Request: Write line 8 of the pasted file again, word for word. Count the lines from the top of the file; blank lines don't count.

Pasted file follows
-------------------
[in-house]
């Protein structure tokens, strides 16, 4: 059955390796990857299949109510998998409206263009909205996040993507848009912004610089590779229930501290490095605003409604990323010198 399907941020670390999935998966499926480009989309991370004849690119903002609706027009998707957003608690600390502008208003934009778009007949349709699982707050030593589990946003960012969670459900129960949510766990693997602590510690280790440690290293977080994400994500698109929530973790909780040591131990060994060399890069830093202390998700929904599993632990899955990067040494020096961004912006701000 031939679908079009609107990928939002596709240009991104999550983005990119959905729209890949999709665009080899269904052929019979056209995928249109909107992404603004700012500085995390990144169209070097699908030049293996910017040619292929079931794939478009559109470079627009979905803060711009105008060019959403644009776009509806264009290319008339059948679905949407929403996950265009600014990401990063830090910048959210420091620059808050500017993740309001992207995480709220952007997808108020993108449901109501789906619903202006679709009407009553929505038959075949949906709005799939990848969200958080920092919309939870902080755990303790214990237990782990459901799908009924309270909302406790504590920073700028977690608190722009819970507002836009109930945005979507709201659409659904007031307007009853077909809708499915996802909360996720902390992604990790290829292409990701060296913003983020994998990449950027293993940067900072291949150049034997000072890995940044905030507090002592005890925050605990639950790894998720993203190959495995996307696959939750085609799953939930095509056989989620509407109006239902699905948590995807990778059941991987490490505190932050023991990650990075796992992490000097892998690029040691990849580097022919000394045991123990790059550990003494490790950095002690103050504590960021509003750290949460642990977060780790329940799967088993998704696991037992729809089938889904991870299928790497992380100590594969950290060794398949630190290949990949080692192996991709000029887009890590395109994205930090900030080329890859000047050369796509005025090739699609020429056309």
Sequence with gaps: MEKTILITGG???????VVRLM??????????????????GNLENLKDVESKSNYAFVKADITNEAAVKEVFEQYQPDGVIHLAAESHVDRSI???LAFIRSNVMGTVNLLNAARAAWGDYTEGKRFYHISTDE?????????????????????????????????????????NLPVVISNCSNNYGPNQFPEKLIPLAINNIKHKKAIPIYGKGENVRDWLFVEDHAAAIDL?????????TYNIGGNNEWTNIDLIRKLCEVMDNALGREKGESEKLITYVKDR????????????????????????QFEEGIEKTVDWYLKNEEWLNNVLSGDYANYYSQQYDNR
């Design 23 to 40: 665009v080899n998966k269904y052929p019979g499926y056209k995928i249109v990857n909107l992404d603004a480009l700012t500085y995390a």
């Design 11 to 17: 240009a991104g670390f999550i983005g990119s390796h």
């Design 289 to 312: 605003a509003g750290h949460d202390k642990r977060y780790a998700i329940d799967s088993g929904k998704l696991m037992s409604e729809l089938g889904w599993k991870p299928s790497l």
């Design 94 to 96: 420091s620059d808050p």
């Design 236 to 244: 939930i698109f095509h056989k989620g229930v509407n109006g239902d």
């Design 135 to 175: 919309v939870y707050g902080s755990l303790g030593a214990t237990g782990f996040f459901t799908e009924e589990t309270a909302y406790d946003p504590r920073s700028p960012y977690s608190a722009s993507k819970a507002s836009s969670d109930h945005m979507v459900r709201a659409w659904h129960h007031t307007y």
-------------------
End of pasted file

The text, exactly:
């Design 236 to 244: 939930i698109f095509h056989k989620g229930v509407n109006g239902d």